are sons. For though the designation, “son of God,” is undoubtedly used in

subordinate senses — applied e.g. to Adam, to angels, to good men, to Christians —

yet what follows in the Epistle fixes its peculiar meaning here. The entire

drift of the earlier part of the Epistle is to show that the idea involved in

the word “Son,” as applied to the Messiah in prophecy, is that of a relation

to God far above that of the angels or of Moses, and altogether unique in

its character. This idea must have been in the writer’s mind when he

selected the phrases of his exordium. Nor is the article required for the

sense intended. Its omission, in fact, brings it out.  ἐν τ υἱῷ would have

drawn especial attention to “the personage in whom God spake; ἐν υἱῷ

does so rather to the mode of the speaking — it is equivalent to “in one

who was SON.” Son-revelation (as afterwards explained), is contrasted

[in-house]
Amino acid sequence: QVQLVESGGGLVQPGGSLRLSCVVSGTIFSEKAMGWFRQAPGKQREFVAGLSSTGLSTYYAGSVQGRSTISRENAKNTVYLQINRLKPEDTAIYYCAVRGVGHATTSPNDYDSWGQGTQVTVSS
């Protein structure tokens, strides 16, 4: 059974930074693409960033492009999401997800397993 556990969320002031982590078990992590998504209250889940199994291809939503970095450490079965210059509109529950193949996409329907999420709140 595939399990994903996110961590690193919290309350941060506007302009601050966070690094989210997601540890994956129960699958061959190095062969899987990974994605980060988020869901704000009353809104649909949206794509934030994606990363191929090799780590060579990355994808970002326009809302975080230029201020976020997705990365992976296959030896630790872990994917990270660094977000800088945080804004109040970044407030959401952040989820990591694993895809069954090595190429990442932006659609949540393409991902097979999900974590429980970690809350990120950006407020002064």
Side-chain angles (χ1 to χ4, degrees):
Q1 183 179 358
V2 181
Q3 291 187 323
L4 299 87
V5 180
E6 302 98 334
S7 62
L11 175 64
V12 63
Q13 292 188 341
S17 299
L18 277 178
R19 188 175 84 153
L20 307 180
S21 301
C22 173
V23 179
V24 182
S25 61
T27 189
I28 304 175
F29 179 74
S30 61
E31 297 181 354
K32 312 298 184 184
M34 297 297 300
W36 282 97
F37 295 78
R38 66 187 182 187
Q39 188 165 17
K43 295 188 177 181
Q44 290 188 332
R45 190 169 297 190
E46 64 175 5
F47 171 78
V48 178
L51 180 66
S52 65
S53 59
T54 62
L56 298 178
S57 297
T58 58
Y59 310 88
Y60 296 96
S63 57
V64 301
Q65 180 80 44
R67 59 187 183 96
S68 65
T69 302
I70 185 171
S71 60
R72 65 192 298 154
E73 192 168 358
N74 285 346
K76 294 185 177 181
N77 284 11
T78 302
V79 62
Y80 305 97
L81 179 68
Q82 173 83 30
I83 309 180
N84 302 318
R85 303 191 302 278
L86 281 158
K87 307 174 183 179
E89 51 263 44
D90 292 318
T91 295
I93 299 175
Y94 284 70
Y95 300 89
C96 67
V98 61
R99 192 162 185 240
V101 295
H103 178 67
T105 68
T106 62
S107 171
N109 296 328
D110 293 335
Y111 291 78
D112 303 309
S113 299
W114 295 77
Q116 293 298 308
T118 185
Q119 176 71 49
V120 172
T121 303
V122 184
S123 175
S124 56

with previous prophetic revelations (compare the omission of the article before

υἱὸςhuiosSon - ch. 3:6; 5:8; 7:28). Whom He appointed (or, constituted)

heir of all things; not, as in the A.V., “hath appointed.” The verb is in the

aorist, and here the indefinite sense of the aorist should be preserved.

Convenienter statim sub Filii nomen memoratur haereditas.”


Two questions arise.


  1. Was it in respect of His eternal Divinity, or of His manifestation in time,

that the Son was appointed “Heir of all things?”


  1. When is God to be conceived as so appointing Him? i.e. What is the